For the most part, I think I kind of hate most racing games nowadays. I feel like ever since the very first Gran Turismo for the PS1, most games in the genre require FAR too many tedious and boring objectives that need to be completed for one to even make a dent of progress in whatever racing game you’re playing. Now, you couldchalk this up to my world class laziness, but the best way for me to explain why I feel this way about racing games is for me to just tell you: “Me want racing game to be fun! And me want racing game to be fast and easy to play!” I guess that’s why the Burnout series and Daytona U.S.A. come to mind as about the only racing games I’ve ever really enjoyed.
Well now, I can add Bizarre Creations Blur to that very short list. Blur, much like it’s hilarious commercial insinuates, is pretty much like bringing Mario Kart onto the city streets, sans all of the cuteness. It’s quite simply, a dumb, fun racing game.
Blur delivers all the speed that its name implies. It moves crazy fast, and looks beautiful, and gamers will have the opportunity to select nearly 60 real cars and race their way around numerous tracks. Along the the way, you’ll be able to collect some pretty bad ass power-ups-mines, homing missiles,nitro, etc.- and use them to house your opponents, whether real or A.I. And much like Mario Kart, you’ve got to use these power-ups strategically, which adds to the fun and palm sweating paranoia of playing this game.
For proof of this, all one needs to do is take this game online. When I was playing some random (and competitive) strangers, I found myself not just enjoying the blasting of the poor fools who happened to be in front of me, but also constantly checking my rear view mirror for who was about to ruin my proverbial shit. Again, just a very Mario Kart-esque kind of feeling, and I absolutely loved playing Blur online.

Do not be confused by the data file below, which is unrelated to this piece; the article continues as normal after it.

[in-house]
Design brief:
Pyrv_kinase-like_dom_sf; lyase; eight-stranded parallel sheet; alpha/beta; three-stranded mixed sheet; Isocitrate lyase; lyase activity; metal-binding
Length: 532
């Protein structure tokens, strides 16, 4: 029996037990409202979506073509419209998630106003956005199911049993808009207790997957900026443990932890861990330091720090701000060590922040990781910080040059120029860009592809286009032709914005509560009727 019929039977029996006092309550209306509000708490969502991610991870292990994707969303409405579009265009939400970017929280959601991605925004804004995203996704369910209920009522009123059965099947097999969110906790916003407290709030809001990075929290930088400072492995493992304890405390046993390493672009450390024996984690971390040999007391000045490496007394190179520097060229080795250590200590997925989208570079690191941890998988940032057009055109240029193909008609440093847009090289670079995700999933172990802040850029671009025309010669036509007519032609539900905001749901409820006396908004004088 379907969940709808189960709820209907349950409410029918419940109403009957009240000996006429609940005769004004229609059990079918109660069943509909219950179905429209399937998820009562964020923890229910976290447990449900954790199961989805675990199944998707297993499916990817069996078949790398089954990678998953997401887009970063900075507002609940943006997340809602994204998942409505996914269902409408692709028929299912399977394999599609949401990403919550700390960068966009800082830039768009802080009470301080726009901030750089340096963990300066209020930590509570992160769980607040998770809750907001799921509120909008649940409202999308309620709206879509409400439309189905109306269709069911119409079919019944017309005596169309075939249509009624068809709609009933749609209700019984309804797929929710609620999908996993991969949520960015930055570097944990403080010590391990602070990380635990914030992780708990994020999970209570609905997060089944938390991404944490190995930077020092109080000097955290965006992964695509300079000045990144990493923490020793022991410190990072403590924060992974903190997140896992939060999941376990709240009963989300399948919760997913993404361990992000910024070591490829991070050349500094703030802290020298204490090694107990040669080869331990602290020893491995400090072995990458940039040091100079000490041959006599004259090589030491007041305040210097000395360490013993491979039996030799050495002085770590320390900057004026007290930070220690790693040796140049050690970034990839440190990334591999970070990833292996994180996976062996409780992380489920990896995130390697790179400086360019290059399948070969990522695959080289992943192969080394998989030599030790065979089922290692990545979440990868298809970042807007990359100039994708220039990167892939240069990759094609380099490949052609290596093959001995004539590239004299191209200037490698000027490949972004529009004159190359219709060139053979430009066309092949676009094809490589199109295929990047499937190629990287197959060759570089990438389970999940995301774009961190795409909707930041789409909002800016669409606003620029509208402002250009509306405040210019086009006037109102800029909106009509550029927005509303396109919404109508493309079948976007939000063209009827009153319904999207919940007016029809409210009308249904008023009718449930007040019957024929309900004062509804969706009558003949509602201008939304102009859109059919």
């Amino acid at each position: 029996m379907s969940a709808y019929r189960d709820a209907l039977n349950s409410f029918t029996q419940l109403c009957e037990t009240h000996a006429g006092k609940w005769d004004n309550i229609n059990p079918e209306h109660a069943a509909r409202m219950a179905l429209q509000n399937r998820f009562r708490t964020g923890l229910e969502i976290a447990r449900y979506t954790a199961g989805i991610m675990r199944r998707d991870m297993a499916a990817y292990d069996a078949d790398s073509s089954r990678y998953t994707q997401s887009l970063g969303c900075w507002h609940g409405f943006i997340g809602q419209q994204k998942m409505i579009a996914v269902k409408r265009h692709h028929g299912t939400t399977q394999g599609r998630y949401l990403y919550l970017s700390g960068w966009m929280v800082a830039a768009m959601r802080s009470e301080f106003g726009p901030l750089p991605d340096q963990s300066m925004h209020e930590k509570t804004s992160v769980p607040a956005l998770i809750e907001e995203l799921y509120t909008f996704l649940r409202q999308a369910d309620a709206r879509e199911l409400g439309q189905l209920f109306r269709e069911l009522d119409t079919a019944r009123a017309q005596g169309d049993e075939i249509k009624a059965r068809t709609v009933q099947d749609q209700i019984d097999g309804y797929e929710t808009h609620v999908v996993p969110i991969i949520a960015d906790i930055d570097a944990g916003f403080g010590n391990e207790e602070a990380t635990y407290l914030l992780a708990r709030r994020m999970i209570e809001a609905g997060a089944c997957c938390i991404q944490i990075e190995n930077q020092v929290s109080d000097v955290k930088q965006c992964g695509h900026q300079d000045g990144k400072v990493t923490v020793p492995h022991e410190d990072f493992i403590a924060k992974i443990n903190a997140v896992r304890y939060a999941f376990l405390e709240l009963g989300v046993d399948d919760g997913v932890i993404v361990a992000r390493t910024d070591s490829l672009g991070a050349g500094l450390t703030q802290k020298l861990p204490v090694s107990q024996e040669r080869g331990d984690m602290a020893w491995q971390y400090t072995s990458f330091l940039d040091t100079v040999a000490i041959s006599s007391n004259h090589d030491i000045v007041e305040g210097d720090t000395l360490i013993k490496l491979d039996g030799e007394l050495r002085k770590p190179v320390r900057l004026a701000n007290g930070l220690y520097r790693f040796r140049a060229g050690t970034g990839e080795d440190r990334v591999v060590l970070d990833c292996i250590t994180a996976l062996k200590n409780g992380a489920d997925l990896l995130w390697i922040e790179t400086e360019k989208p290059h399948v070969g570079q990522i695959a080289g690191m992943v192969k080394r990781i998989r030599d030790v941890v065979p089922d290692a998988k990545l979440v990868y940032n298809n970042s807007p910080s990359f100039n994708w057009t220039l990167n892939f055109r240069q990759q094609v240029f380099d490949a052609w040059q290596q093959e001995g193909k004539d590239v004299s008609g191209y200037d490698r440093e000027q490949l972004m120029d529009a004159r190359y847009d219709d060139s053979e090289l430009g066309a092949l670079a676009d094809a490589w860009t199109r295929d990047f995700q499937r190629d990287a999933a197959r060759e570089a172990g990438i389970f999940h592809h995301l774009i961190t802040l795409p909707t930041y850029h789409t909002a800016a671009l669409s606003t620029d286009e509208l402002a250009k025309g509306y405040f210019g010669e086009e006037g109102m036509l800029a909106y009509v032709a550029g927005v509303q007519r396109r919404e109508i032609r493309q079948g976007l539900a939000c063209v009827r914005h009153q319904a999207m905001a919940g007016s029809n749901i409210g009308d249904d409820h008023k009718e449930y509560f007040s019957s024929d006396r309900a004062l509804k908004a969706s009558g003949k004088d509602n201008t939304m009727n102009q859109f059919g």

Offline, Blur’s one player campaign offers the usual fare one would expect, such as checkpoint challenges, one-on-one races, and the incredibly fun “Destruction” in which you shoot the hell out of your opponents, and that’s about it.
To progress through Blur’s one player campaign, you’ve got to fulfill requirements, and more importantly, earn yourself some fans. Fans are earned by performing tricks and completing challenges, which then allows one to unlock new cars, and will raise your RPG-like level. Does Blur break any new ground with any of this? Hell no. Remember, this IS a racing game we’re talking about. No matter what, it’s pretty much always going to be “keep racin’ to be able to do more stuff”. No big deal though, as Blur’s multiplayer is where it’s at anyway.
Like any game, racing or otherwise, Blur isn’t perfect. I could have done without a lot of the Need for Speed Underground type neon glow to much of the H.U.D., and I was surprised with the lack of ingenuity that went into the tracks themselves, considering how nuts the races are. I know that probably sounds nit-picky, but I guess I just expected a few more surprising twists n’ turns is all.
The Blast Factor: This is the most fun I’ve had with a racing game in years. The multiplayer modes, both online and off are an absolute blast to play, and you can even link the game to your Facebook or Twitter account to taunt all of your pals after you’ve beat them. The controls are tight and responsive, the graphics (again despite a bit too much neon for my taste) are fantastic, and there’s enough here to keep even the most jaded gamer (hey, that’s me!) busy for months. It’s an absolute must buy.
Note: A copy was provided by the publisher for review purposes.